SANTA MARIA, Calif. - Smoke still fills the sky above the Santa Maria Valley five days since the start of the Alamo Fire.
Since exploding into the largest current fire in California, the blaze has burned nearly 29,000 acres and remains just 20 percent contained.
The fire has created all kinds of issues, including hazardous breathing conditions for many like Tiffany Beaudet.
"I have asthma and I was diagnosed with it being allergic to smoke," said Beaudet. "This affects me a lot and little things like when the wind blows it just right the smell of it, I start to get sinus headaches, I start to get really bad running nose, I start to get the bad pressure under the eyes, really bad migraines and you the tightness in the chest and wheeziness and you start to panic because you feel like you can't breathe."
The smoke, which was especially problematic over the weekend, has been a big concern for the Orcutt resident since the Alamo Fire first broke out.
"It's just kind of changed the way I've been living my life a little bit and not for the better and it's just gotten a little bit like a hermit," Beaudet said.
As smoke and ash continues to linger in the atmosphere, the Santa Barbara Air Pollution Control District and Public Health Department are re-issuing an air quality warning.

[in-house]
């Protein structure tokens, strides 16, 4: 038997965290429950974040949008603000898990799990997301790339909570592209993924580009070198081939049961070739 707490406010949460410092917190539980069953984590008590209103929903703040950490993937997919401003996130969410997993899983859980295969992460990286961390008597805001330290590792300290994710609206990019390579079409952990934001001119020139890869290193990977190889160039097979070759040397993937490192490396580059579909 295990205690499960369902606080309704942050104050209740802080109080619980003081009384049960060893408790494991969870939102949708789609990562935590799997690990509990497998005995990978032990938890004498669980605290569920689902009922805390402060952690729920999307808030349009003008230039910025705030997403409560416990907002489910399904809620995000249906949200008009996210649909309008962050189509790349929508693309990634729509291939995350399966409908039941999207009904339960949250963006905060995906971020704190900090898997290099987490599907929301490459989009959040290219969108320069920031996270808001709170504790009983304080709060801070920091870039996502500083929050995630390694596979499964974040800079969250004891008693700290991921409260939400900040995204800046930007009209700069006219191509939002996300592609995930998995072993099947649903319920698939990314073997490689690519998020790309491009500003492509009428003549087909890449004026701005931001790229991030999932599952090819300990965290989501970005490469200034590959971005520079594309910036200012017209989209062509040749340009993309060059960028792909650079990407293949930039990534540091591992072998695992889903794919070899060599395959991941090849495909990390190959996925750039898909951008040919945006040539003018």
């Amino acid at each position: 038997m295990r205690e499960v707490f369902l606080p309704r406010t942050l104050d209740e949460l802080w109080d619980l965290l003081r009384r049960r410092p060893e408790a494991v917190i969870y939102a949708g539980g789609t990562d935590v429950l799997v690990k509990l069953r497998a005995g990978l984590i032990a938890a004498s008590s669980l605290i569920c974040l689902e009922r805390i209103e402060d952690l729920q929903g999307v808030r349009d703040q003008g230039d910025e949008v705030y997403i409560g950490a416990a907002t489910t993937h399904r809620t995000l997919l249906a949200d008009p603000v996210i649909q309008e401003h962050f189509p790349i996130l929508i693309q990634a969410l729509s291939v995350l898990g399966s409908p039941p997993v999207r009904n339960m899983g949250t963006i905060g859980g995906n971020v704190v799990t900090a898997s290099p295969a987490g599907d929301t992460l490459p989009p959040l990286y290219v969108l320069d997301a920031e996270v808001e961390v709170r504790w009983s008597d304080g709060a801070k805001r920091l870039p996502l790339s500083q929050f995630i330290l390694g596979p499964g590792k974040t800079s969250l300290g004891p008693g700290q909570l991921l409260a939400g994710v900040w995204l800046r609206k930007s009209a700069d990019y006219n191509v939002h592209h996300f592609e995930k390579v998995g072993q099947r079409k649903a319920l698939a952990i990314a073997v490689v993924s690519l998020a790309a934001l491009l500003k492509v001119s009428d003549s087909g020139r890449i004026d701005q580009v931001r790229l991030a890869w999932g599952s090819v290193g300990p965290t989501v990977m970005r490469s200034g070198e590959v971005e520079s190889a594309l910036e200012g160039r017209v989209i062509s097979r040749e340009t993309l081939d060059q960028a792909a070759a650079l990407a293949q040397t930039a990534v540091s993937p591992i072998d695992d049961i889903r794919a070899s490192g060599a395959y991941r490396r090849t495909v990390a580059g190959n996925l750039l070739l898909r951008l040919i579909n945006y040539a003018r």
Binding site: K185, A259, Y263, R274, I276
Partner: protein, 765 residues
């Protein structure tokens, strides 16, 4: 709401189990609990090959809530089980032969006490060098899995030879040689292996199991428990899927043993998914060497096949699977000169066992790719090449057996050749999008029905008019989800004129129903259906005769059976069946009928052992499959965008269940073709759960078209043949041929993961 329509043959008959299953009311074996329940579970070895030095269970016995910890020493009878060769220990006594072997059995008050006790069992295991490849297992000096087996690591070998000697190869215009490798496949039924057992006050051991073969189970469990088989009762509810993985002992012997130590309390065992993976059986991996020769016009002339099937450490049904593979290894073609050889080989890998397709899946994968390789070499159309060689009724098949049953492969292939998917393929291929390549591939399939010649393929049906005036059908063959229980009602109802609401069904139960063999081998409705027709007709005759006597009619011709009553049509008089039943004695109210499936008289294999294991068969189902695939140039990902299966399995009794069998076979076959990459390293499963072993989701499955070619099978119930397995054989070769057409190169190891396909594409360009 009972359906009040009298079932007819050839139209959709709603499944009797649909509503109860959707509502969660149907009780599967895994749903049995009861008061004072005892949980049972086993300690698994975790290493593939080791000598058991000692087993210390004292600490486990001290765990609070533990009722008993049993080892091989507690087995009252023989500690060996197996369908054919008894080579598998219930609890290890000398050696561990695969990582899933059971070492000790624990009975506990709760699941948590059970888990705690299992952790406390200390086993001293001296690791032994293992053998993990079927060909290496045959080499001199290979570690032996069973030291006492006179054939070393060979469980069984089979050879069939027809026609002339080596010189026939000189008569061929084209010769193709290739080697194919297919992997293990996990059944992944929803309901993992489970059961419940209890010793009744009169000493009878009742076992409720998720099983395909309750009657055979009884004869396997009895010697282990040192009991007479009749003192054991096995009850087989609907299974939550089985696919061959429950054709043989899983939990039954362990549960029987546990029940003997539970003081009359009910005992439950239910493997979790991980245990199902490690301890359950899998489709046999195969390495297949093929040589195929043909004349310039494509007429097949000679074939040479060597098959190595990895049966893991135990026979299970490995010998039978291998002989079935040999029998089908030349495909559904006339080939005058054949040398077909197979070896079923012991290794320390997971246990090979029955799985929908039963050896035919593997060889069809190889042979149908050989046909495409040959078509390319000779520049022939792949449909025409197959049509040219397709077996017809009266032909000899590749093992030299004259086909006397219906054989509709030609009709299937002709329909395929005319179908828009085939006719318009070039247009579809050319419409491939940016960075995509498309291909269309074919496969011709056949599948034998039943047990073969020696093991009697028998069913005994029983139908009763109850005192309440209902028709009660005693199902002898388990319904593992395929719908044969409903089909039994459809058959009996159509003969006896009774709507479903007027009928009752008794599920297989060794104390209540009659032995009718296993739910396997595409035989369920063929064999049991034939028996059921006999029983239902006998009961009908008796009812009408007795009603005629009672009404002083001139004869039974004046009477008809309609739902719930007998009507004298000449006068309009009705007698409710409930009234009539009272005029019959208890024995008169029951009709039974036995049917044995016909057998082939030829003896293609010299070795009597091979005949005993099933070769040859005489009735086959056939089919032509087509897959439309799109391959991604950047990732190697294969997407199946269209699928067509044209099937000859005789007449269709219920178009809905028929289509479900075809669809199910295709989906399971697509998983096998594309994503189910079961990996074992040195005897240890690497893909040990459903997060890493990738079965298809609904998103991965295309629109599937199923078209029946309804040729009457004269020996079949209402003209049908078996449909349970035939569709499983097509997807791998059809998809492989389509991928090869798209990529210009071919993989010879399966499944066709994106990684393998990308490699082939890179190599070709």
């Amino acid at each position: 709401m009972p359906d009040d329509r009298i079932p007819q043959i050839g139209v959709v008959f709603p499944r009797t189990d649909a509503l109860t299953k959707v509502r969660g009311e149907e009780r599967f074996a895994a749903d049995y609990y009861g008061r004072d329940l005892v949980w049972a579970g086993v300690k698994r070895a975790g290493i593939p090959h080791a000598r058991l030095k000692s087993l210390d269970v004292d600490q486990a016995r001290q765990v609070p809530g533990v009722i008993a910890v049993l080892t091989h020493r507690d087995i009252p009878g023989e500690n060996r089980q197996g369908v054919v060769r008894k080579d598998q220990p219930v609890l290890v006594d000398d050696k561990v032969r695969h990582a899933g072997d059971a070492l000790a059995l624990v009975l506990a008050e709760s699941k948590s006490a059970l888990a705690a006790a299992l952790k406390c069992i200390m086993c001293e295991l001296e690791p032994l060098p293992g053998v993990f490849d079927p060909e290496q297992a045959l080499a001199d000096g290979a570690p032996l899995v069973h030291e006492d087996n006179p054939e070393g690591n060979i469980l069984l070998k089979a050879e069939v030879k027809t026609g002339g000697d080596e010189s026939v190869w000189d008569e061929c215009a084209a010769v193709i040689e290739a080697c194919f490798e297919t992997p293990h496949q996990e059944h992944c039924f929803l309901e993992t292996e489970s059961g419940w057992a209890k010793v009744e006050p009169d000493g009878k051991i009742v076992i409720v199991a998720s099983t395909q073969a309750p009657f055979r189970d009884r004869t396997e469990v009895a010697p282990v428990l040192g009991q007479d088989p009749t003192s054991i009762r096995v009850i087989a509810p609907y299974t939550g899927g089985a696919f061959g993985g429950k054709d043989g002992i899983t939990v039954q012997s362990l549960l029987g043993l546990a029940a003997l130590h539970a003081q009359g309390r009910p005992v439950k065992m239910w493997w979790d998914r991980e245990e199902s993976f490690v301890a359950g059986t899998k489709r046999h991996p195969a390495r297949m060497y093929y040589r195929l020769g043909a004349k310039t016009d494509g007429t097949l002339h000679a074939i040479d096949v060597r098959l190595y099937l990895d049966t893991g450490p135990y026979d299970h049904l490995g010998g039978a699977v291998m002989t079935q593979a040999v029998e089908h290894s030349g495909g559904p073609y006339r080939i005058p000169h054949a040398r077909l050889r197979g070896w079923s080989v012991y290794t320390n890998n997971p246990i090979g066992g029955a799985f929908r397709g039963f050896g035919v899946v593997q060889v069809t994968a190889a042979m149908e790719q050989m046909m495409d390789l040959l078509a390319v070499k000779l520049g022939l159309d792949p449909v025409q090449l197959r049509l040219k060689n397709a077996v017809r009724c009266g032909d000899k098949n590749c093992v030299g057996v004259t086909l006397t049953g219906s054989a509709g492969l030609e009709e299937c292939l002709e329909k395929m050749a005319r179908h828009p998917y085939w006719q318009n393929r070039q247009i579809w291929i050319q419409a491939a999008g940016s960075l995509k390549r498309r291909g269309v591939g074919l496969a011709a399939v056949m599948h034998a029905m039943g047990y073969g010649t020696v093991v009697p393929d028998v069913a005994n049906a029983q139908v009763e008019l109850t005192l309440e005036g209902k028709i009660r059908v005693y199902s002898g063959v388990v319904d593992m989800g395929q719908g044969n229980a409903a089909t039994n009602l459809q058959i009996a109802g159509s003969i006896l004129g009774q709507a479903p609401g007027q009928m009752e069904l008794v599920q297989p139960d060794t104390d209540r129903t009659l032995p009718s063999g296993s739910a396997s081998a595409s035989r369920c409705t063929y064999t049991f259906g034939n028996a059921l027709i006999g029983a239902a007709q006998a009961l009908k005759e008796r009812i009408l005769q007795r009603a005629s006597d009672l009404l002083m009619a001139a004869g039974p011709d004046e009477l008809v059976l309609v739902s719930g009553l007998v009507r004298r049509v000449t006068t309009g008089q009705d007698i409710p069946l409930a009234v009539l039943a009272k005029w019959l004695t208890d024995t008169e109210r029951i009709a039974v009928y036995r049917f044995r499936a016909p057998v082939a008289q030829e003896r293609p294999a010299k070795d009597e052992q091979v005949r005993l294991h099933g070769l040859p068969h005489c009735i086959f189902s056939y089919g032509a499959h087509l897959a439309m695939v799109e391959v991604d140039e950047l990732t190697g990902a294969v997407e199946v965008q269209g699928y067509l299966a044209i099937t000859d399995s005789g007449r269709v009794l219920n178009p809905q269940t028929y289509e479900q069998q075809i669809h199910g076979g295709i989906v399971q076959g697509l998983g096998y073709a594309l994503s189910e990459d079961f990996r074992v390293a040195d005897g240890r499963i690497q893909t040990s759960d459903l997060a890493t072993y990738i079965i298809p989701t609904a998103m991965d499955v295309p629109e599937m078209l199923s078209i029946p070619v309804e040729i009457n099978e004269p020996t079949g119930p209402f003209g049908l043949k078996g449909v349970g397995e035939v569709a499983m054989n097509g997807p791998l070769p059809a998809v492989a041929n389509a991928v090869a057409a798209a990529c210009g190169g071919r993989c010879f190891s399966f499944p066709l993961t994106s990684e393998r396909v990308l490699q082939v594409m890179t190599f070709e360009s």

"Right now we're at the moderate level and basically it's considered acceptable, however, as we high level of particulate matter from the two different wildfires, everyone needs to be paying attention to the air quality condition," said Air Pollution Control Officer Aeron Arlin Genet.
Genet emphasized physical activity outdoors should be curtailed especially when you can see or smell smoke.
"We're urging everyone to take caution and use common sense to protect yourself, as well as your family's health," said Arlin Genet. "We have the information on our website that provides the daily air quality index throughout the entire county, so you can go and see if we're still in the moderate category or have moved up to unhealthy for sensitive groups."
Similar conditions persist in San Luis Obispo County, where the Alamo Fire originated.
In the South County, places like Nipomo are experiencing the same "moderate" reading for the state air quality index, with particulate matter still above normal.
An air quality alert first issued by the San Luis Obispo County Air Pollution Control District and County Health Department on Friday remains in effect.
While smoke is visible in sky, conditions have improved since the fire roared to life on Friday afternoon. The improvement in air quality is a welcome sight for Beaudet.
"Today hasn't' been as bad," Beaudet said. "The wind has been blowing here on the north side of town pretty good, so it hasn't been bad. I haven't had to use my inhaler today."
She's using that as a positive sign that the Alamo Fire and its smoke will hopefully end soon.
"I miss being able to go outside," said Beaudet. "So i just hope that it's something that gets contained soon so we can go about going about our daily lives again."
For the latest information on Santa Barbara County air quality visit: www.ourair.org
For the latest information on San Luis Obispo County air quality, visit: www.slocleanair.org